Thank you very much.
Good day, committee members. I'm Greg Smith, the director of the economic analysis division of Natural Resources Canada's Canadian forest service. I'm here representing the trade, economics and industry branch at NRCan.
I'd like to begin by acknowledging that I'm delivering this speech on the traditional unceded territory of the Algonquin Anishinabe people.
In this discussion today, I'd like to talk a bit about the linkages between the use of wood in buildings, environmental benefits and the Canadian forest bioeconomy.
Lumber has long been used in residential construction, but the use of mass timber and other engineered wood products is gaining traction in Canada and abroad. These wood buildings are renewable, require less energy to manufacture and are able to store carbon for the service life of the buildings, and even beyond if they are reused. These features speak to the benefits of wood building in terms of low embodied carbon and, therefore, to contributions to Canada's net-zero objectives.
A life-cycle emissions analysis of projects funded by the Government of Quebec showed that the carbon embodied in wood buildings is conservatively 20% less than in a functionally equivalent building made with more traditional materials. In some cases, that figure was 50% or even higher.
One of the first tall buildings ever built with mass timber is located at the University of British Columbia, as was noted previously by the honourable former senator. At 18 storeys, the Brock Commons Tallwood House student residence was the tallest wood building in the world at the time of its completion in 2017. The total equivalent carbon dioxide emissions avoided by using wood products instead of other materials in the building was more than 2,400 metric tons. That's equivalent to removing over 500 cars from the road for a year. Brock Commons demonstrates how the increased use of wood in building materials can help reach the Government of Canada's net-zero goals by 2050.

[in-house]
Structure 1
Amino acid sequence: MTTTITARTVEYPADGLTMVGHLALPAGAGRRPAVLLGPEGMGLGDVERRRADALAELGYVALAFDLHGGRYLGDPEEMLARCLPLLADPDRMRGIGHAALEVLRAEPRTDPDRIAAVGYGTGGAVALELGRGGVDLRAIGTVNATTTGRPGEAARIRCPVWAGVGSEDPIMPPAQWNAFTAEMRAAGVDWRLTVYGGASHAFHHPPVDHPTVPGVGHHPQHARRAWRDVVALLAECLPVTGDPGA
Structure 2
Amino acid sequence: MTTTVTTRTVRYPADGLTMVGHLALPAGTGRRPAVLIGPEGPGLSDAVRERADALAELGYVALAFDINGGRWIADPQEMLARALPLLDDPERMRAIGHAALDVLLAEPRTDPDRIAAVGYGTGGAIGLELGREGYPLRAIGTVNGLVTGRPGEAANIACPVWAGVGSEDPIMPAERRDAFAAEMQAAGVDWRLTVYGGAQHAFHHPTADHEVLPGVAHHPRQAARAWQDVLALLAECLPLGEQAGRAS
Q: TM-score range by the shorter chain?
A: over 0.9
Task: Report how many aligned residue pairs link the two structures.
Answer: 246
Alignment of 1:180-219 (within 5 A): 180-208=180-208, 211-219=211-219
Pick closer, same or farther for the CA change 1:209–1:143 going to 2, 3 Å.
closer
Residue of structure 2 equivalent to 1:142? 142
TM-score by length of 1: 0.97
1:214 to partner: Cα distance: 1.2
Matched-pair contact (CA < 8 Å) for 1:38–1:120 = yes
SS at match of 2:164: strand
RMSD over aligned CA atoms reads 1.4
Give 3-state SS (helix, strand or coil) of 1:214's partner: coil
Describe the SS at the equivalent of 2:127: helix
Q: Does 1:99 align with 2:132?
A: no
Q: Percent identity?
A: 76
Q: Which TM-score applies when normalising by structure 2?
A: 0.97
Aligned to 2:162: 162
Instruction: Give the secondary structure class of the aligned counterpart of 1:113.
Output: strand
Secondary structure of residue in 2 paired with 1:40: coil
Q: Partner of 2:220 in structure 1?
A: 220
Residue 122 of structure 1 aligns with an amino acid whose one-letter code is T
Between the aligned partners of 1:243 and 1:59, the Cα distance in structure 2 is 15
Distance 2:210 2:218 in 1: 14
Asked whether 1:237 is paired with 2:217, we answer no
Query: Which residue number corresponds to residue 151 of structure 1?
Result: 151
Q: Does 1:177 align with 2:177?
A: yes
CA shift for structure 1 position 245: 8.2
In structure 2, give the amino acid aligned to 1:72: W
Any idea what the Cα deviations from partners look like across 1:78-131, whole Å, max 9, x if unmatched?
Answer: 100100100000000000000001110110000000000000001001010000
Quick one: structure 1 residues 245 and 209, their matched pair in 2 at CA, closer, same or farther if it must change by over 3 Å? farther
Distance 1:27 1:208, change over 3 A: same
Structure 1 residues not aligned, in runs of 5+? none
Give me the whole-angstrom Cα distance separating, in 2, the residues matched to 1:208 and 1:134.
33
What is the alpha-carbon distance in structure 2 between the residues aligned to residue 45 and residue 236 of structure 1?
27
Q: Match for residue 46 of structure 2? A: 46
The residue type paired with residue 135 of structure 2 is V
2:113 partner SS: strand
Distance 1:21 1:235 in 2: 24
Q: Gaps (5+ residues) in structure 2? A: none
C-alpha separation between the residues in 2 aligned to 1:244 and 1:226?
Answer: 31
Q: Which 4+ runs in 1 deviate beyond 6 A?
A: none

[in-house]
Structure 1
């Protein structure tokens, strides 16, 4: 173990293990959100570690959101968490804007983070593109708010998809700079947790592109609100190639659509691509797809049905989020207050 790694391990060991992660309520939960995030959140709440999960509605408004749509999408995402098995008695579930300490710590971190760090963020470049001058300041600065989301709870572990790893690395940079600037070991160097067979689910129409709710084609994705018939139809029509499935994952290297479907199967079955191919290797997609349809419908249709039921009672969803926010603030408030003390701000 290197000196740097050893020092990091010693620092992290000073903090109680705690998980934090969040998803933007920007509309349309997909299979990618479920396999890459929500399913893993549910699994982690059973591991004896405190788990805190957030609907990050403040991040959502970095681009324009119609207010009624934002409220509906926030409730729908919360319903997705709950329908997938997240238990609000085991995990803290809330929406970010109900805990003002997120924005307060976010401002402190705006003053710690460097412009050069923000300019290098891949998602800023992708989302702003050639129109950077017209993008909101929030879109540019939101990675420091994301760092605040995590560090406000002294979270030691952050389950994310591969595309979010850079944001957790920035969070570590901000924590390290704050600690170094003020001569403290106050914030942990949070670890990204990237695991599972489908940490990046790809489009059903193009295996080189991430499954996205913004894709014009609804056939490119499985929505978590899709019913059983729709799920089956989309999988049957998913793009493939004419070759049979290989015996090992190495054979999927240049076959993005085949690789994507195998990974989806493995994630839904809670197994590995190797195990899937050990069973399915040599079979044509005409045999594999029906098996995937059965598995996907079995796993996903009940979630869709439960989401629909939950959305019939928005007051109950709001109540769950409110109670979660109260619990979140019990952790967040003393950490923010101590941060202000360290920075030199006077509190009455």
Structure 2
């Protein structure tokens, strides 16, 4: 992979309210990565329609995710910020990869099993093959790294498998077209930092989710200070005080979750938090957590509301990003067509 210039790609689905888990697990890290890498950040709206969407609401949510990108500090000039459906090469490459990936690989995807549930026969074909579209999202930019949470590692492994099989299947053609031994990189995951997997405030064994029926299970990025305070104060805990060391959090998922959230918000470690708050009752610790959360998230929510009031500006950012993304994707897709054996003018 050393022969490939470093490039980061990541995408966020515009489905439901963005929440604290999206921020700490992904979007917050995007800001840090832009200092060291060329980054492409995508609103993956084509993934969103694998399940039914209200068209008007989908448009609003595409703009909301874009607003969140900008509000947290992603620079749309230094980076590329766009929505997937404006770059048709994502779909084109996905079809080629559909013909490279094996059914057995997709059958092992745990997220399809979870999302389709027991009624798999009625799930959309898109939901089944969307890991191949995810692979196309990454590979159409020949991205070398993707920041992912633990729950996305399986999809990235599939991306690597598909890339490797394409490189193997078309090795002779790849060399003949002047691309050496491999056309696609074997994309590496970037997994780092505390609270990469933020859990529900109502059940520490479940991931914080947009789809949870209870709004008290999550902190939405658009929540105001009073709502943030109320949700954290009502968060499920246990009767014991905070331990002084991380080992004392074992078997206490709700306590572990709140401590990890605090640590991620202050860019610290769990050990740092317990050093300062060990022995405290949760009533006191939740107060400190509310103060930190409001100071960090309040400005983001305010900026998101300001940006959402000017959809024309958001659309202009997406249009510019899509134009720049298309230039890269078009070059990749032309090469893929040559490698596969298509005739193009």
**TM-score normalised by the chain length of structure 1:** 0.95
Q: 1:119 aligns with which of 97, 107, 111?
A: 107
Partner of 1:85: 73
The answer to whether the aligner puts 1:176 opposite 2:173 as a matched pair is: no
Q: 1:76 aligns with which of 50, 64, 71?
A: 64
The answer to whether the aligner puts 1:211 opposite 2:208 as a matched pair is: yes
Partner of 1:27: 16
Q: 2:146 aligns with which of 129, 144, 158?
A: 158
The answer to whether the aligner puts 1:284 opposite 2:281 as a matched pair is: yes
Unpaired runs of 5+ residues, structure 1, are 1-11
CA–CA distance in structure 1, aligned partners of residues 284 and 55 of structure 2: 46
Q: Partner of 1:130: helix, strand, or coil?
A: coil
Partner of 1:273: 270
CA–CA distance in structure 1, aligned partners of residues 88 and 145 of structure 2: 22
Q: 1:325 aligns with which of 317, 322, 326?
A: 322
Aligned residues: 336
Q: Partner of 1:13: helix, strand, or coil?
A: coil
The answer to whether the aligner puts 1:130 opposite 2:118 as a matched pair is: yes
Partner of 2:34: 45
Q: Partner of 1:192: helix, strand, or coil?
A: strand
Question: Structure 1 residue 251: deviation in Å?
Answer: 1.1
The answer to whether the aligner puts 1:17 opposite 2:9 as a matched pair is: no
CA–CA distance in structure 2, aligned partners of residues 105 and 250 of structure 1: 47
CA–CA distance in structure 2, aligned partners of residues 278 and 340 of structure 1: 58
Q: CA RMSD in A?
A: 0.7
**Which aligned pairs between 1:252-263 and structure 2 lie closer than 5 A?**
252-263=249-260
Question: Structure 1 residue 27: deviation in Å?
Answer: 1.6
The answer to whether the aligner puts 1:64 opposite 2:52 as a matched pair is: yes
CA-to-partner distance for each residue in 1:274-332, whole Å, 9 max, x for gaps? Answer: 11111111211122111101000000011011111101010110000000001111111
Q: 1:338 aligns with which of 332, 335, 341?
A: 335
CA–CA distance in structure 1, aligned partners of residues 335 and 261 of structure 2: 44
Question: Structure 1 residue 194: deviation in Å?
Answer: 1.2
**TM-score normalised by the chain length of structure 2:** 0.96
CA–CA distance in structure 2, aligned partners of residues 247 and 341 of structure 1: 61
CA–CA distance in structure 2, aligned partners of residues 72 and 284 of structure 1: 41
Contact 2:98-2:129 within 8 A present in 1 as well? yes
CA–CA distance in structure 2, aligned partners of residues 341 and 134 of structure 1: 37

The federal government has recognized that in order to manage emissions in the built environment and increase the acceptance of wood products and systems domestically, it's critical to showcase the use of wood in non-traditional applications and to support a skilled labour force.
Since 2017, the federal green construction through wood program, or GCWood, has shown the innovative use of wood through support for projects like the Brock Commons. In addition, it has supported research and development, technical guidance and work to support the adoption of tall wood buildings into the national building code of Canada. GCWood has also funded the development and provision of training and education programs and resources and tools for professional design and construction communities.
Building with wood is also a priority identified by the federal, provincial and territorial Canadian Council of Forest Ministers, or the CCFM. Through its 2017 bioeconomy framework for Canada, the CCFM identified the need to increase value-added activity in Canada's forest sector. Growing value-added manufacturing is important to enhancing the economic resilience of the forest industry.
While I've been talking about forests in terms of their value as a wood product to this point, the 2017 framework recognizes the importance of standing forests to other things that Canadians value—for example, biodiversity, conservation, sequestering carbon, contributing to landscape and community resilience, human health and cultural well-being. The framework also acknowledges that climate change is putting pressure on wood supply.
By managing what is harvested and getting more economic value out of the wood we do harvest—including through the increased use of mass timber and other wood building systems—we help balance the contribution of Canada's forests to sustainable growth with their contributions to nature, climate and social priorities.
In 2022, the CCFM endorsed a renewed forest bioeconomy framework that identifies high-priority challenges to bioeconomy growth that are relevant across the country. The renewed framework includes actions for jurisdictions to take to help address these challenges. Most relevant to us today is the challenge related to a lack of support for demonstration and scaled-up financing, which are required to prove and commercialize innovative products and technologies, including wood building systems. To address this challenge, the renewed framework identifies the procurement of bioproducts by all orders of government as a responsive action.
In closing, there are significant environmental benefits to building with mass timber and other wood systems, including reducing embodied carbon emissions. Canada is well placed to access these benefits in the future given our innovative forest sector.
I thank you all for having me speak about this issue and wish you all a good day.